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Steroids are synthetic versions of hormones that occur naturally in the human body. They are often prescribed to treat hormonal problems, such as delayed puberty. Steroids are also used for diseases that lead to muscle loss, including cancer and AIDS.
However, some bodybuilders and athletes misuse steroids to boost performance or improve the appearance of their bodies.
There are two main types of steroids:
Corticosteroids are medications that reduce inflammation in the body. These steroids mimic the hormone cortisol, which is produced from the adrenal glands. Cortisol prevents your immune system from producing substances that lead to inflammation.
Prednisone is one commonly used corticosteroid. It works similarly to cortisol, slowing, or stopping the immune system from triggering inflammation. Prednisone treats various medical conditions. For example, prednisone can help balance hormones in people whose adrenal glands do not make enough corticosteroids.
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As a potent anti-inflammatory, prednisone treats diseases that cause inflammation, including lupus, multiple sclerosis, and arthritis.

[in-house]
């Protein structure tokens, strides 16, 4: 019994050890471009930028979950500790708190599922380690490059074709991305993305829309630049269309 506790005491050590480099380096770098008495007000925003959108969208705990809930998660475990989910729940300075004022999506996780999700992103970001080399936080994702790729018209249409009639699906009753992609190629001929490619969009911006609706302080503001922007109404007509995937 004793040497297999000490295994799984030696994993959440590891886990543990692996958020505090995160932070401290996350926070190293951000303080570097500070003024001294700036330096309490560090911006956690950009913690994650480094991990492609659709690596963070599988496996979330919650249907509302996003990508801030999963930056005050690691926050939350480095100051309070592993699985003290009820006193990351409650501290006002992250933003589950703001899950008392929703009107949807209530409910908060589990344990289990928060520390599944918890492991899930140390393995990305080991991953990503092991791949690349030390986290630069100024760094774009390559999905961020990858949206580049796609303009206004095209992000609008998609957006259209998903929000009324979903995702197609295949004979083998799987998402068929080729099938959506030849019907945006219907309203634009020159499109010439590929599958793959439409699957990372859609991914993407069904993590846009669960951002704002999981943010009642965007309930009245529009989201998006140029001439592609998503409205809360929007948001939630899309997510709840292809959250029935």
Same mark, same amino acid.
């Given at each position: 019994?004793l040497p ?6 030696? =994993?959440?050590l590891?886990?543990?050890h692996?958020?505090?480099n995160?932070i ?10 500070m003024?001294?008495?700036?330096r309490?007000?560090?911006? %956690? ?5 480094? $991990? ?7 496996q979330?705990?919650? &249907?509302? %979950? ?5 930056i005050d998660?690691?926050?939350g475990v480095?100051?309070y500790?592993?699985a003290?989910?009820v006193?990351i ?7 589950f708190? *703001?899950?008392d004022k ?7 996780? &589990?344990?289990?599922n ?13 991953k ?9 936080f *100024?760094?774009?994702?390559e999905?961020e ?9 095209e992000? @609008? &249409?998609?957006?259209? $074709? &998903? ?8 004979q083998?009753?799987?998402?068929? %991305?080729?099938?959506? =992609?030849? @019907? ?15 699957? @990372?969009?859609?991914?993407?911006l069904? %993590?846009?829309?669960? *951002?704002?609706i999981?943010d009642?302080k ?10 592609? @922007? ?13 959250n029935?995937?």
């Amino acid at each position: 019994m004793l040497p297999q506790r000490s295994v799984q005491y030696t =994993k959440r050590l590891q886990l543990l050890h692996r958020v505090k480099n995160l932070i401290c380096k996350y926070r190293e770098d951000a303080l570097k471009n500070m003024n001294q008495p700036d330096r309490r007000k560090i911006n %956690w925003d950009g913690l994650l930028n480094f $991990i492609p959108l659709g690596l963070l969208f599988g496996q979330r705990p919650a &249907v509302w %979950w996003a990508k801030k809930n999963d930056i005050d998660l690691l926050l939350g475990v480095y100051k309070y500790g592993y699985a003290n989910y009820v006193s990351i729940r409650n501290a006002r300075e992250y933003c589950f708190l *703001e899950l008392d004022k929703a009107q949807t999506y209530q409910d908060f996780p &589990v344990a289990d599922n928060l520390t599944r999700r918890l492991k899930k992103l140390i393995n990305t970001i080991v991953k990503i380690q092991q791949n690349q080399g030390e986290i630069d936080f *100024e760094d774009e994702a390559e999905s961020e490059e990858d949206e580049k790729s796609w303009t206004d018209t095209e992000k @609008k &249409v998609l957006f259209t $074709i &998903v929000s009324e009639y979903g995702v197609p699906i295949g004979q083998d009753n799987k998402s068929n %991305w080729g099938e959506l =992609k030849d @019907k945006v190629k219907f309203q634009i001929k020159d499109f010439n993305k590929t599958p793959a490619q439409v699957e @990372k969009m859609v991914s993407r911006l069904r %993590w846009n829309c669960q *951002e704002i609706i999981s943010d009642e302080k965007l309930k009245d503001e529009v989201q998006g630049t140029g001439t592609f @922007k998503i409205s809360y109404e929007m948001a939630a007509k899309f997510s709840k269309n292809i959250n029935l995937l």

Anabolic steroids are human-made versions of testosterone. This is a male sex hormone that helps build larger muscles. A doctor can legally prescribe anabolic steroids if your body doesn’t produce enough testosterone. For example, boys with delayed puberty may take anabolic steroids.
These steroids are also prescribed to men with low testosterone and people who experience muscle mass loss due to cancer, AIDS, and other health problems.
There is no clear or straightforward answer to whether it is safe to drink alcohol while taking steroids. It depends on several factors, including:
Someone taking a short course of steroids may prefer to avoid alcohol entirely until they finish their treatment.
The main concern about mixing steroids and alcohol is that alcohol can worsen the side effects of steroids. For example, alcohol consumption with steroids may help weaken the bones and can promote weight gain.
If you want to drink alcohol while taking steroids, it’s best to speak to your healthcare provider for medical advice.
There are several possible side effects of mixing steroids with alcohol. These include:
Using steroids under medical supervision and as prescribed is usually safe. However, even legitimate steroid use may come with side effects and increased risks.
Likewise, moderate drinking doesn’t usually lead to problems for most people. Yet misuse of either steroids or alcohol consumption can lead to severe health problems. Combining steroid and alcohol use significantly increases the risks linked to either substance.
Long-term steroid use can adversely affect the liver and kidneys. These are two vital organs that also suffer damage when someone consumes too much alcohol. Mixing steroids and alcohol can overexert the liver. With prolonged misuse, this may lead to cirrhosis or liver failure.
There are also psychological side effects and mental health issues associated with combining steroids like prednisone with alcohol. Steroids can leave a lingering impact on the brain. Extended steroid use can result in mentally unstable states, including psychosis and mania.